Introduction to Canadian NRCAN Energy Efficiency Certification
Natural Resources Canada (NRCan) is the Canadian government department responsible for monitoring and enforcing energy efficiency regulations—the regulations impose requirements on minimum energy performance levels for various energy-consuming products, label energy-consuming products, and collect energy use data.
All regulated products imported into Canada for sale or lease or transferred from the manufacturing province to another region (trans-provincial transportation) should meet the energy efficiency standards required by the energy efficiency regulations. Therefore, Natural Resources Canada requires that all regulated products must obtain an energy efficiency certification mark from a certification body accredited by the Canadian Standards Council (SCC).
Applicable product range
Washing machine, clothes dryer, dry cleaning machine, dishwasher, refrigerator, ice maker, air conditioner, three-phase induction motor, lamps, TV, power supply, gas water heater, fuel water heater, gas heater, gas fireplace, etc.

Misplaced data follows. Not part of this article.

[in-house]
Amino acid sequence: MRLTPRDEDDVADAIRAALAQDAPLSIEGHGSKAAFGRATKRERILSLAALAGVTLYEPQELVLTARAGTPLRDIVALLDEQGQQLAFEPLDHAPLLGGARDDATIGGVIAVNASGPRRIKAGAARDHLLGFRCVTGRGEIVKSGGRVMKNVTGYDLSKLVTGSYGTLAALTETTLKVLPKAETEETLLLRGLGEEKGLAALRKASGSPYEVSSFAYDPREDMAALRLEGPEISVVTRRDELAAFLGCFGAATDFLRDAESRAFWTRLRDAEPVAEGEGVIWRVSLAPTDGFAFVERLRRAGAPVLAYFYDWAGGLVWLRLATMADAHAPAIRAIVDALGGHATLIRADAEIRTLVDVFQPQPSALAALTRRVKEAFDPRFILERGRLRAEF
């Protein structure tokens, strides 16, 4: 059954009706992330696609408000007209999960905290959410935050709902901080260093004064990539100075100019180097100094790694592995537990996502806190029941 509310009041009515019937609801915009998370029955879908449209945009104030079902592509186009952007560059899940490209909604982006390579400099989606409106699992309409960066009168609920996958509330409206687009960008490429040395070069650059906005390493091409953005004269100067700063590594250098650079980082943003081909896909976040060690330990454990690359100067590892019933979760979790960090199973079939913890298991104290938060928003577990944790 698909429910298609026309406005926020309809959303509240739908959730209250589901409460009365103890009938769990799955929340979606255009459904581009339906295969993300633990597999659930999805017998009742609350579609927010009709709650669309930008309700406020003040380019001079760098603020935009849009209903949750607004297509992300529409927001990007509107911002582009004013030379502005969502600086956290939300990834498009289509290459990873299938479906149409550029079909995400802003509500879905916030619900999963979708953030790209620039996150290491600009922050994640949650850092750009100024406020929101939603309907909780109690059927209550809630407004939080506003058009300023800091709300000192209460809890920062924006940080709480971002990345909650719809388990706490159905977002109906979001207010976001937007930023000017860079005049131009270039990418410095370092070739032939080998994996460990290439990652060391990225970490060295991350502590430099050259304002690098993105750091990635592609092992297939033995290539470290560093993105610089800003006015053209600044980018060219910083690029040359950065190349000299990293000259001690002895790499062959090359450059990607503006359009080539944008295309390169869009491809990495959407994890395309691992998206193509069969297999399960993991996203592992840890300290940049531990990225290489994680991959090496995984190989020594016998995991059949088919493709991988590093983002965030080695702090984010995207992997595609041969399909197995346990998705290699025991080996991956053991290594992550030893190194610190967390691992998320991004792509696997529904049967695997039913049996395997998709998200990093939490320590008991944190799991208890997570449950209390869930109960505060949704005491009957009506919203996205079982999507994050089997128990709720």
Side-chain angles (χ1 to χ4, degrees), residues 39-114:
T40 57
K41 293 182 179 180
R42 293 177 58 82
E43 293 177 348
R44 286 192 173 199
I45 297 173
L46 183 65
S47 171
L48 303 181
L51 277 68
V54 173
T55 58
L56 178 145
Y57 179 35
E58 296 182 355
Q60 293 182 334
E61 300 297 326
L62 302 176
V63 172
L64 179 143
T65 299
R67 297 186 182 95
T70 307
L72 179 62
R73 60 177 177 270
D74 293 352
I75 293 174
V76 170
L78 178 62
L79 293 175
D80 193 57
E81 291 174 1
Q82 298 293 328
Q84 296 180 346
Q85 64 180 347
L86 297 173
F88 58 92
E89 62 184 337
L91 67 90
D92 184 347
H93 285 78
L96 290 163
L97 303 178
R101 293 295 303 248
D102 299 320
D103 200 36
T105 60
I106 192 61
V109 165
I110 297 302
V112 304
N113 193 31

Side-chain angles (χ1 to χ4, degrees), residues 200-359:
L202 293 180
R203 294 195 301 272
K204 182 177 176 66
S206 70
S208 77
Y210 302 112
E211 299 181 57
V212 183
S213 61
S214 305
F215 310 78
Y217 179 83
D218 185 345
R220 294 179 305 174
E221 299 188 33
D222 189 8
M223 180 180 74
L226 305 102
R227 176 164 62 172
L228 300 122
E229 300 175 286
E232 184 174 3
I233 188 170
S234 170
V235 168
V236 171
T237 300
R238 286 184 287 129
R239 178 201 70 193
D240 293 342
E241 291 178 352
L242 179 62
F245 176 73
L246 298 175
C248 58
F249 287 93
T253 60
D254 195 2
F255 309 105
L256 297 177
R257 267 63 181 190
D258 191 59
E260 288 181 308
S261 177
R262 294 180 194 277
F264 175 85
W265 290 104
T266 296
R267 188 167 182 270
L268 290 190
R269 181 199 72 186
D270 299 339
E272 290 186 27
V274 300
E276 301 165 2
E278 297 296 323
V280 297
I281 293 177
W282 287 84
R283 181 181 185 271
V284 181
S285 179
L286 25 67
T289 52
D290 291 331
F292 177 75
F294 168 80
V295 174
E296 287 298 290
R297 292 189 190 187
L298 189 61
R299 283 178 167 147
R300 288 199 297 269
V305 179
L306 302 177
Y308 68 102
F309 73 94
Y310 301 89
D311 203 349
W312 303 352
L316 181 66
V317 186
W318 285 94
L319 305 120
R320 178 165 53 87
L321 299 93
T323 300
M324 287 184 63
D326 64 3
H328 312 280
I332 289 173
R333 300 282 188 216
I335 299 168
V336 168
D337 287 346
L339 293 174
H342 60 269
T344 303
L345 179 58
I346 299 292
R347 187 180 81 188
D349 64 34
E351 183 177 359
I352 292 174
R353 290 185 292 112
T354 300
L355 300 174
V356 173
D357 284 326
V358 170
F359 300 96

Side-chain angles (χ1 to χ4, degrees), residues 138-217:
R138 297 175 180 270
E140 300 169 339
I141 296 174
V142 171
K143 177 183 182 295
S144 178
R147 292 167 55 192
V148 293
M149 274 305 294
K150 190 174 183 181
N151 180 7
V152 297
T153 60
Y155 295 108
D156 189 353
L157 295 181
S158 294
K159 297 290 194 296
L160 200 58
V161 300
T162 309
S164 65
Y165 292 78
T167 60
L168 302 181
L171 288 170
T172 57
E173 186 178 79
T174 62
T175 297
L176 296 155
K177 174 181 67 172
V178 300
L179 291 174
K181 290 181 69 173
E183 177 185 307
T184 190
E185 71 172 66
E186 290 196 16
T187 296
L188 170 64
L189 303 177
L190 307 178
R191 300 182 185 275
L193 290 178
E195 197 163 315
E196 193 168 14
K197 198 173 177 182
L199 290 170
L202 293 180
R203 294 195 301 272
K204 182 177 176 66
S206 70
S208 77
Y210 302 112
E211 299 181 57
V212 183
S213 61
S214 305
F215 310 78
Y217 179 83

Battery charging products enter the Canadian market after June 13, 2019. Please meet Canadian mandatory NRCan certification and online submission. At the same time, subsequent certification agencies will conduct annual market sampling inspections, and the sampling inspection ratio is about 1% Basic model.
Enhanced the requirements and control scope of the following 7 categories of products with regard to “Minimum Energy Efficiency Standards”:
Domestic gas boiler
Domestic kerosene boilers;
Large air-conditioning facilities and heat pumps;
Commercial all-in-one refrigerator;
Incandescent lamp with reflector;
New requirements for minimum energy efficiency standards and reporting issues for the following products are proposed:
Standby energy consumption of electronics
-TV, monitor, etc.
-Video player products
External power supply
Digital TV adapter
Single stereo air conditioner and heat pump
Mandatory directives for manufacturers and importers
All manufacturers and importers must follow the directive to ensure that the products they produce and import meet the minimum energy efficiency standards required by the directive. Manufacturers and importers should pass the tests of an accredited third-party certification body to obtain compliance performance reports and certificates.